It took me about 10 minutes to define my components (TV, CD and DVD players, cable box, receiver). The software is remarkably well thought out to deal with potential problems along the way. When it couldn't find our 10-year-old receiver's model number, it suggested an alternative (which fortunately worked). When I had a question there was immediate help available. There is a toll-free help number prominently displayed, encouraging you to call with any questions.

A personal Web site was then created that graphically illustrated my components. I can go back to this site and make changes if my entertainment system or preferences change. The last step was to click the update button, which sent the correct settings to the remote connected to the computer's USB port. That took another couple of minutes.

I then unplugged the remote from the computer, took it to the living room and selected the Watch TV command shown on the remote's LCD screen. Magically all the appropriate components turned on! When I asked it to Play CD, the TV turned off, the receiver switched to CD and the CD player turned on. It worked perfectly the first time and worked for all the activities, including Play Radio, Play DVD, etc. I was able to access most of the functions of each component, but not all of them. For example, I'm not yet able to change the disc in my disc changer.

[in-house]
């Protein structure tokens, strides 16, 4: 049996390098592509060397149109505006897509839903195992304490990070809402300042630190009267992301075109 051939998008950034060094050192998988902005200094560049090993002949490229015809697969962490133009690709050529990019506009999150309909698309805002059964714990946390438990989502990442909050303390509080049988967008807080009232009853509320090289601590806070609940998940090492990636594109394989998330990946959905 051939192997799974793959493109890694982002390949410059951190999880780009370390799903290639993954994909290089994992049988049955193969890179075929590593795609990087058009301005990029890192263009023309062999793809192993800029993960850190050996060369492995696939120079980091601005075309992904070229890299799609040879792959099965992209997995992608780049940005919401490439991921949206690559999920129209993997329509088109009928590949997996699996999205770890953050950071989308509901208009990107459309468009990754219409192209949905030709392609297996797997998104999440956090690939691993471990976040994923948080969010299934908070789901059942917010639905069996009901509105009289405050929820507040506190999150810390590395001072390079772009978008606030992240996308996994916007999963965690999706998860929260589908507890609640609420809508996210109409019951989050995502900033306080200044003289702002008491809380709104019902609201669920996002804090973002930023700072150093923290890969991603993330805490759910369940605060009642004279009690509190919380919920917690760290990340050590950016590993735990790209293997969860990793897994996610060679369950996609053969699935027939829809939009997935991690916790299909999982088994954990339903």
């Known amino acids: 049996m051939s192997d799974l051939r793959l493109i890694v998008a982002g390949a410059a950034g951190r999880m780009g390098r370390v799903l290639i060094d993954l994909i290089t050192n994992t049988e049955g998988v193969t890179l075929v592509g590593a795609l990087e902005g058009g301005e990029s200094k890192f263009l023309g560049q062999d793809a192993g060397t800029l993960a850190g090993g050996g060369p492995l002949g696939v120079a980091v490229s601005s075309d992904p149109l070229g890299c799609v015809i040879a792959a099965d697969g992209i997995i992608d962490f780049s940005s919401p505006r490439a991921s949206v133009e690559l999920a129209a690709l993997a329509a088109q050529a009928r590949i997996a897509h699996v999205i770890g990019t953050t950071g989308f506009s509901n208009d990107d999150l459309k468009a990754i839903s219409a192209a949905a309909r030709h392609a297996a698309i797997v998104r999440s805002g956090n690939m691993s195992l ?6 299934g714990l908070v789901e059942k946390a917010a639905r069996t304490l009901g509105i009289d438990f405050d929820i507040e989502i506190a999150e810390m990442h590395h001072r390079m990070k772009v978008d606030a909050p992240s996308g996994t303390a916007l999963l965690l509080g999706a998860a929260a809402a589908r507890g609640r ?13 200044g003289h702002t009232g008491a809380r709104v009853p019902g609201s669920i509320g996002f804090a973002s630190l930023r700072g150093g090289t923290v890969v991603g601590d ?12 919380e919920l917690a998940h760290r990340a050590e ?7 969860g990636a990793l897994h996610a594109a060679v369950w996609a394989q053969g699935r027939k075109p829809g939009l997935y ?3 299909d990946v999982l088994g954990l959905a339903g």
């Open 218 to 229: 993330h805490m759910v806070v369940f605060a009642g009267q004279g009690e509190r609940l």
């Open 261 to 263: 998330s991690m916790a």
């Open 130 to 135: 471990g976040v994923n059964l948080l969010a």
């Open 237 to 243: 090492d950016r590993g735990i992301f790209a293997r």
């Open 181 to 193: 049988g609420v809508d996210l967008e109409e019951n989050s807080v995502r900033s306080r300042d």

Also transferred to the remote in this last step was a list of all the stations by channel number and network affiliation, as well as two weeks of TV listings. If I click on CNN it changes the station to Channel 31 (Adelphia's location for CNN) or click on "Nightline" in its LCD display, and it turns the TV to channel 10.

One of the common problems with universal remotes is that occasionally, one component gets out of synch with the others. This can occur if one component doesn't receive the IR signal due to being blocked. Push the Help button on this remote and it will ask you questions and take corrective answers for problems such as this.

The device is no bigger than a conventional remote and is very nicely finished. It has an array of the usual buttons, a side scroll button and a six-line LCD display to show the activities, TV stations, available programs and other options.

In summary, Intrigue seems to have thought through all of the issues and has come up with an innovative solution that is very well implemented, and really works as promised. At $299 it is a good value because it does what it says and exceeds expectations. Best of all, my wife can use it!

Baker has developed and marketed consumer and computer products for Polaroid, Apple, Seiko and others. He is the holder of 30 patents and was named San Diego's Ernst & Young Consumer Products Entrepreneur of the Year in 2000. He can be reached at